7. Josie Alvarez
    April 22, 2008 at 11:19 am

    Russ Roberts and Tyler Cowen present a number of arguments that enables us to think about the possibility of implementing a gold standard. This conversation essentially acknowledges that establishing a gold standard will not only bring more stable price levels and decrease business cycles, but also provide predictable measures within business frameworks and create trust in the currency. However, the reality is that the price of gold today is very volatile especially within international markets. This is true not only because of the numerous currencies we have worldwide, but also because it a raises an important question about the worth of our current money in comparison to the gold standard.

    History has shown us that times of trouble and crisis can happen regardless of anything. In the long run, and particularly in times of economic disparity, having a gold standard can make it harder to deal with money supply. This essentially has the power to affect international economies.

    The reality is that it would be incredibly difficult to implement this since we’ve moved so far way from it. Internationally we have so many currencies that in order for this to even be plausible, all currencies would have to change and that would be incredibly difficult. Sure, it can be argued that the euro is a great example of having multiple countries under the same currency, but there are still various European countries that do fall under the euro. Returning to a gold standard would be old-fashioned solution for modern situations that would not help in the long run. I agree with the comment, “if it isn’t broke, don’t fix it.”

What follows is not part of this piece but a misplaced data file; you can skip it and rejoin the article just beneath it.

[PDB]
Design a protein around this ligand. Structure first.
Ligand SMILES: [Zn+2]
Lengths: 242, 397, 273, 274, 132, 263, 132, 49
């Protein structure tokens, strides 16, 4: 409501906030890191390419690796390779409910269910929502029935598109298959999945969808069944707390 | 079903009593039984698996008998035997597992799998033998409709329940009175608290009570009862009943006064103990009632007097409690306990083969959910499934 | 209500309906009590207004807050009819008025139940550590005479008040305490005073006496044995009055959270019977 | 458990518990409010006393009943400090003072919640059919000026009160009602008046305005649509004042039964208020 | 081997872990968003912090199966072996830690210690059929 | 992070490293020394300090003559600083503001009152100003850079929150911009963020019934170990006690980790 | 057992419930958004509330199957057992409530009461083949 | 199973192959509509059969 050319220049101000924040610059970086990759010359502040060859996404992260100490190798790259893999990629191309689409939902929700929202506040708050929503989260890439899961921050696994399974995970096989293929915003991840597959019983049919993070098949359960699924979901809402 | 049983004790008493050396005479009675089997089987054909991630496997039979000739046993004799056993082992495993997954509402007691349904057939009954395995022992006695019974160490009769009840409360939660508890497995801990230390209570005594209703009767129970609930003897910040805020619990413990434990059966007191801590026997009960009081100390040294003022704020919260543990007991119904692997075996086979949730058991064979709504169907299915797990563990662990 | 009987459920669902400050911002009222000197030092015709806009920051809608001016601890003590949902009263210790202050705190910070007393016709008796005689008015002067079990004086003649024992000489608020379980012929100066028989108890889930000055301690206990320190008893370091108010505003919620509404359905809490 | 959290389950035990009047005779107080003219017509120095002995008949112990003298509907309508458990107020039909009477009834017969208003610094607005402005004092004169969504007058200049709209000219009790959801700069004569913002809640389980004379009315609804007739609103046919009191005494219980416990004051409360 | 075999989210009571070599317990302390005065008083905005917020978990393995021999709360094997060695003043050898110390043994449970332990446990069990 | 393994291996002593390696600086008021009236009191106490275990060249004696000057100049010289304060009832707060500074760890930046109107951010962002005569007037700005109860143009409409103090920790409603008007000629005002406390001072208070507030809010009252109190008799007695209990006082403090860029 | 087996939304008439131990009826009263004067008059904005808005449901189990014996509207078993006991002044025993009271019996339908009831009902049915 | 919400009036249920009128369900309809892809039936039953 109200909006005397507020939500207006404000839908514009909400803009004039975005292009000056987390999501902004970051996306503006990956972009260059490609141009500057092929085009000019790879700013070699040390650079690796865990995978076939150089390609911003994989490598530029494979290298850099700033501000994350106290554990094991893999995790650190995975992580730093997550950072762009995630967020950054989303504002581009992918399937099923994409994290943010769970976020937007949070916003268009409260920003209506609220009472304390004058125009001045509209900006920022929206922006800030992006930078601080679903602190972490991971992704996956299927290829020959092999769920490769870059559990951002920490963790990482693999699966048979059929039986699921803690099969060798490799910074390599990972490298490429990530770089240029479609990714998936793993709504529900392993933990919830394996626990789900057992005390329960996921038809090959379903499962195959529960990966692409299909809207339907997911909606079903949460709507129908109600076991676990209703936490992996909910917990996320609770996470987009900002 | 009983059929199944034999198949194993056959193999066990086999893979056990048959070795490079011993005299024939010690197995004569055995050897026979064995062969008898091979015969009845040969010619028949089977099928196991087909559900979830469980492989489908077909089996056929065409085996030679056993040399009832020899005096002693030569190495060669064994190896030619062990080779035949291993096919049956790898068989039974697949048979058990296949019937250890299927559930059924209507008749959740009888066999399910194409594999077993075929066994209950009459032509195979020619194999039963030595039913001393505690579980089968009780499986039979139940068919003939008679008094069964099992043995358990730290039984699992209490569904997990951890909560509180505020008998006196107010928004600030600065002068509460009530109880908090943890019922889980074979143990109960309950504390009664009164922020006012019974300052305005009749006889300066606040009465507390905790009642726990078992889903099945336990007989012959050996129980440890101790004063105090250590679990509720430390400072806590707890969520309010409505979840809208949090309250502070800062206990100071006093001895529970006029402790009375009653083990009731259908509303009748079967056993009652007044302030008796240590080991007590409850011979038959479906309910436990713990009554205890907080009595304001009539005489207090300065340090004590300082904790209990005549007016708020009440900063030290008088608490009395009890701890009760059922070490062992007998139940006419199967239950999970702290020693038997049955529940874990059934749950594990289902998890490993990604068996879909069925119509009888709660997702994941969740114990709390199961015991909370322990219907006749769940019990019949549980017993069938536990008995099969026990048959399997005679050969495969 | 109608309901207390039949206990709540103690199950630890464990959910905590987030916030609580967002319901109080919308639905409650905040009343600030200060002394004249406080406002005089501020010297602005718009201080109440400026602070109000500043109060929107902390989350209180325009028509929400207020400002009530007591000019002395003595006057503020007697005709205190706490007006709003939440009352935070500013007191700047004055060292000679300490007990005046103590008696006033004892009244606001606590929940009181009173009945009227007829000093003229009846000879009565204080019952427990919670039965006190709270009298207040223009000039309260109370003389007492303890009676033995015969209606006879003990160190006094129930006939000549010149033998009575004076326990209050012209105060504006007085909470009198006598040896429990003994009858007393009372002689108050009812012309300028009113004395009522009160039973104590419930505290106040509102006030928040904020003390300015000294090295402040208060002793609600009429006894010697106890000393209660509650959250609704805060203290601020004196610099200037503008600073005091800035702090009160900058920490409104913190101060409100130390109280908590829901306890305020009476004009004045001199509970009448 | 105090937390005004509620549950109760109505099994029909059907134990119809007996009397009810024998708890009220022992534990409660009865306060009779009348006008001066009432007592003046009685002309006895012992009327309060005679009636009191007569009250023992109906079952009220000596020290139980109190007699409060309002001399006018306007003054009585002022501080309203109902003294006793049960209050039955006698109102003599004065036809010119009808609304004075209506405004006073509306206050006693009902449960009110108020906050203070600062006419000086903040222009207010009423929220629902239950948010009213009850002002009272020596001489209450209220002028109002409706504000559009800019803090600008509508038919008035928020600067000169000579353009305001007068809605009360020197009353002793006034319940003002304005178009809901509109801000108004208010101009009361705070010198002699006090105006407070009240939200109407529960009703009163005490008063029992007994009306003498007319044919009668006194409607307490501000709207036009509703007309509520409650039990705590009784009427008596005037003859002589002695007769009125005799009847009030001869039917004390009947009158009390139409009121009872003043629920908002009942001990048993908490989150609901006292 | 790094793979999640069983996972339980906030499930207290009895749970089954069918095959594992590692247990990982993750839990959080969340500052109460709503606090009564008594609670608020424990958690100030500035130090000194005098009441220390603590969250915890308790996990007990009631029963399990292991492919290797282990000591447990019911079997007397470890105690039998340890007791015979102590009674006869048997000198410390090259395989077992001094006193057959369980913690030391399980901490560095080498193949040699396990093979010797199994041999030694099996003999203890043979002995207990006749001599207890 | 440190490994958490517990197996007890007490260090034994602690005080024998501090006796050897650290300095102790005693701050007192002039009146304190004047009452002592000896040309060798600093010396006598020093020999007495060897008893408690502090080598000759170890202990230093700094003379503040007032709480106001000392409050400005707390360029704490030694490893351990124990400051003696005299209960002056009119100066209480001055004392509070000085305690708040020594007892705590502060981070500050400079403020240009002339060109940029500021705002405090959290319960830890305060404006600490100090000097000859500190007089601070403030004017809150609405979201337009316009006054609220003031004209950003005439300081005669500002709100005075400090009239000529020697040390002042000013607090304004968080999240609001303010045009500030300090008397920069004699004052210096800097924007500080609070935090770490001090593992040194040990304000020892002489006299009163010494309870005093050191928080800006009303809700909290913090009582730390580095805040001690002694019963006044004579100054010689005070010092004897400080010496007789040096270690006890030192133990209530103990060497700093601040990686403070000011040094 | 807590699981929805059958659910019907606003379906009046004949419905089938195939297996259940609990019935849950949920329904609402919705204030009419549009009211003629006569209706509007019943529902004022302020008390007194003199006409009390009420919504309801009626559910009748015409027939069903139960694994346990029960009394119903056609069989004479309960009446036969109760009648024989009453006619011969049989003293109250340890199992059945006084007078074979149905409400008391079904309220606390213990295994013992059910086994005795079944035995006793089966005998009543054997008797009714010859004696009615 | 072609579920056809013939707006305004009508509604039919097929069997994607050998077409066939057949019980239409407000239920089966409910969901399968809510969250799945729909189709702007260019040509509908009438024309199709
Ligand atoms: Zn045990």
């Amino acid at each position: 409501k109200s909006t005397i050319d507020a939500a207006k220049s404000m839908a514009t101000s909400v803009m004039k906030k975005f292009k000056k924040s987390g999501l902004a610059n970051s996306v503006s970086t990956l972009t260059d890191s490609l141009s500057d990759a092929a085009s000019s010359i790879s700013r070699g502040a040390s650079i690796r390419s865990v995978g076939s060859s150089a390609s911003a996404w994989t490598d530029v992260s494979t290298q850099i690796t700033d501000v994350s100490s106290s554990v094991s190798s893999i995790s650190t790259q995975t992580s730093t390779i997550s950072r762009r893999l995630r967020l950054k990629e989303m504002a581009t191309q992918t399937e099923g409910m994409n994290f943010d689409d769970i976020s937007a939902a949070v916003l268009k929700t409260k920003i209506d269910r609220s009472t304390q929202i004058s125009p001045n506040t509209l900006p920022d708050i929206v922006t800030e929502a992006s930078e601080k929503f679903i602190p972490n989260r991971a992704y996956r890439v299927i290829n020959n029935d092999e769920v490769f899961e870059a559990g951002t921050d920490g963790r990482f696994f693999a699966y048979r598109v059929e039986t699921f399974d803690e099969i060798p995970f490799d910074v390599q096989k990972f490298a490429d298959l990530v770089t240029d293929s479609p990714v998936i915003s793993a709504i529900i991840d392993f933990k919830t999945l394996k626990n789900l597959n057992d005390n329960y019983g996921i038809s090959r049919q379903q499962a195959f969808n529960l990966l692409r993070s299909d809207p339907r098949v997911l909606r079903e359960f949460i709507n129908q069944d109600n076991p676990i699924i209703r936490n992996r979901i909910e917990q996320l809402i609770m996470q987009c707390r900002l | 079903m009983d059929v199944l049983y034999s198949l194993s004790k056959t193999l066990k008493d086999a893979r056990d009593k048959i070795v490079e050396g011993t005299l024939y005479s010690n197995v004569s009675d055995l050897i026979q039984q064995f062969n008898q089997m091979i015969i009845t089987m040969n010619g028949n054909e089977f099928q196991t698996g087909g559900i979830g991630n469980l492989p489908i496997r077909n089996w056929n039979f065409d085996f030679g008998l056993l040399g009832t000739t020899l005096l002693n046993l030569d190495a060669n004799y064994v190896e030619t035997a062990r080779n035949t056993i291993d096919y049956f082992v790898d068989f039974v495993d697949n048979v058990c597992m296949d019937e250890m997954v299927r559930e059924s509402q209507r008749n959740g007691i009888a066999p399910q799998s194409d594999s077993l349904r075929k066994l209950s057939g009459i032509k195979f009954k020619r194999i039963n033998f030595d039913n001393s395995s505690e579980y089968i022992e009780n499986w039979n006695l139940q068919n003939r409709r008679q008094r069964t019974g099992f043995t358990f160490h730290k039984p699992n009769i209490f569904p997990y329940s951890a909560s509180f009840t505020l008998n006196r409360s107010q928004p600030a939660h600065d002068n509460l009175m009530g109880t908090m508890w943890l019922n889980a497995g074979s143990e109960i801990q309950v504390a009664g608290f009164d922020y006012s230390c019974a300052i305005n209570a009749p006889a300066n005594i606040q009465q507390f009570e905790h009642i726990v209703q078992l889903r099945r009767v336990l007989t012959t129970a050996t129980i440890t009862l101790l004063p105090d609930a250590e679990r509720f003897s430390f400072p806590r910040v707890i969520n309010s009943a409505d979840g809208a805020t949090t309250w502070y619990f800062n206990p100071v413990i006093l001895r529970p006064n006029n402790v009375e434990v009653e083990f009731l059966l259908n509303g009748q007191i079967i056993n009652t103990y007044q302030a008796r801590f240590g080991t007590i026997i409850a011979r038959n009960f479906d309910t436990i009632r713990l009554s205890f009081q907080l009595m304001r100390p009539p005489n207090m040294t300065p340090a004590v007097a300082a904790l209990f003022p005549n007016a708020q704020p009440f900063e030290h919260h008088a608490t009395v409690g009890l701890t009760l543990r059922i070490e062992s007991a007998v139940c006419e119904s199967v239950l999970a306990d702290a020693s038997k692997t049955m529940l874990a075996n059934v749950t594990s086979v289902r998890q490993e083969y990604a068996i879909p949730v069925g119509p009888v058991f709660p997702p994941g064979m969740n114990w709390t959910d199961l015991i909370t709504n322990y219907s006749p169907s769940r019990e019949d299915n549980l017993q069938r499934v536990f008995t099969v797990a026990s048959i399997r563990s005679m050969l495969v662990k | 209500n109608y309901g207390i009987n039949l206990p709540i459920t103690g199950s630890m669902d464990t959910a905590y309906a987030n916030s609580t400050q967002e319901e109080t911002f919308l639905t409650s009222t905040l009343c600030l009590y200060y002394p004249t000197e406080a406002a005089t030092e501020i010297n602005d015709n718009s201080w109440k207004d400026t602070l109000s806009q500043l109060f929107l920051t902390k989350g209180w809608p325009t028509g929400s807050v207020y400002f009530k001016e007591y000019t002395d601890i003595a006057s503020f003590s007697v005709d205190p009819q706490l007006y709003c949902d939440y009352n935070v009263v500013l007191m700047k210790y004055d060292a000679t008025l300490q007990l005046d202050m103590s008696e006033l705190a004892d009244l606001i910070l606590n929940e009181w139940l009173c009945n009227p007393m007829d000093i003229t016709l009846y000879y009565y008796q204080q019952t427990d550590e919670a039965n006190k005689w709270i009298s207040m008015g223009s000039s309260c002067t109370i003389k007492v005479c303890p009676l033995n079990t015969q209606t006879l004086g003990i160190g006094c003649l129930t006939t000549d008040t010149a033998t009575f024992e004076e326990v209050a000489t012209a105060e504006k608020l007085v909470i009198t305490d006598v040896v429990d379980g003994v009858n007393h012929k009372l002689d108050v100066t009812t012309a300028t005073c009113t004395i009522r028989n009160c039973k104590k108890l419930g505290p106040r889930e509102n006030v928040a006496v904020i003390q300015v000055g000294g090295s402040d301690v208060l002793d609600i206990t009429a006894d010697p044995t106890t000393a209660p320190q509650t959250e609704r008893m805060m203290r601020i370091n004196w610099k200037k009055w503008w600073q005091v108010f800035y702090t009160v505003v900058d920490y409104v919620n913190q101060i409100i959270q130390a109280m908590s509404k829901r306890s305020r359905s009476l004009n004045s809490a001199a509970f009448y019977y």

8. Margarett Ly
    April 22, 2008 at 11:31 am

    For the United States to switch to the gold standard now would be harmful for many reasons. As the podcast lecture pointed out, the price of gold is volatile and depends on speculation. The supply of gold also has to be mined compared to paper money which is just printed, and this can cause problems in inflation and available currency because gold is mined very slowly. Moreover, with globalization today and many of the United State’s companies are active in the global market, switching to the gold standard will cause problems because not all of the countries that do business with the U.S. or will do business with the U.S. in the future use the gold standard. The United States went off the gold standard in the 20th century partly because of OPEC and increases in the price of oil. With oil prices in the U.S. now skyrocketing , switching to the gold standard now may only exacerbate the problems that we had in the 1960s.